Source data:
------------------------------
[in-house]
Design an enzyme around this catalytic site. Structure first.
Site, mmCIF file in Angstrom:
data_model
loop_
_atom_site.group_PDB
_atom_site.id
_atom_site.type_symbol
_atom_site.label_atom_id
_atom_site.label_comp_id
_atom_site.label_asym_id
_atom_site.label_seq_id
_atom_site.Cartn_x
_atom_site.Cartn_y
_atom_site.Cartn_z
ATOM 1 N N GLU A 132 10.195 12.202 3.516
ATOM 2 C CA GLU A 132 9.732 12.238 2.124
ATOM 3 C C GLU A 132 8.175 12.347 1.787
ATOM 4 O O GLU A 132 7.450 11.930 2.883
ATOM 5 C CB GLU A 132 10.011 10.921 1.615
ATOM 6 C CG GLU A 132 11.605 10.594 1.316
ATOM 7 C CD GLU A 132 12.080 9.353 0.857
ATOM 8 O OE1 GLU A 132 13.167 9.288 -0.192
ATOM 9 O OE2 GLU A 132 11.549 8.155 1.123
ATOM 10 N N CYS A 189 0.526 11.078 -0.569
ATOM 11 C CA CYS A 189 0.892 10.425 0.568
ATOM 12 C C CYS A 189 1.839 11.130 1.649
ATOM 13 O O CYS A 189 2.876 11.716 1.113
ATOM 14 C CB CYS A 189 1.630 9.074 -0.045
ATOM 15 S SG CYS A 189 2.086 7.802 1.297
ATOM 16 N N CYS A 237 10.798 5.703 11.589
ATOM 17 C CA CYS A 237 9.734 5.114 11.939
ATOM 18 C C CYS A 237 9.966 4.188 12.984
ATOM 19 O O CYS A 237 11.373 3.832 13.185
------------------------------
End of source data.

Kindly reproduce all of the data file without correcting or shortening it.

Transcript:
[in-house]
Design an enzyme around this catalytic site. Structure first.
Site, mmCIF file in Angstrom:
data_model
loop_
_atom_site.group_PDB
_atom_site.id
_atom_site.type_symbol
_atom_site.label_atom_id
_atom_site.label_comp_id
_atom_site.label_asym_id
_atom_site.label_seq_id
_atom_site.Cartn_x
_atom_site.Cartn_y
_atom_site.Cartn_z
ATOM 1 N N GLU A 132 10.195 12.202 3.516
ATOM 2 C CA GLU A 132 9.732 12.238 2.124
ATOM 3 C C GLU A 132 8.175 12.347 1.787
ATOM 4 O O GLU A 132 7.450 11.930 2.883
ATOM 5 C CB GLU A 132 10.011 10.921 1.615
ATOM 6 C CG GLU A 132 11.605 10.594 1.316
ATOM 7 C CD GLU A 132 12.080 9.353 0.857
ATOM 8 O OE1 GLU A 132 13.167 9.288 -0.192
ATOM 9 O OE2 GLU A 132 11.549 8.155 1.123
ATOM 10 N N CYS A 189 0.526 11.078 -0.569
ATOM 11 C CA CYS A 189 0.892 10.425 0.568
ATOM 12 C C CYS A 189 1.839 11.130 1.649
ATOM 13 O O CYS A 189 2.876 11.716 1.113
ATOM 14 C CB CYS A 189 1.630 9.074 -0.045
ATOM 15 S SG CYS A 189 2.086 7.802 1.297
ATOM 16 N N CYS A 237 10.798 5.703 11.589
ATOM 17 C CA CYS A 237 9.734 5.114 11.939
ATOM 18 C C CYS A 237 9.966 4.188 12.984
ATOM 19 O O CYS A 237 11.373 3.832 13.185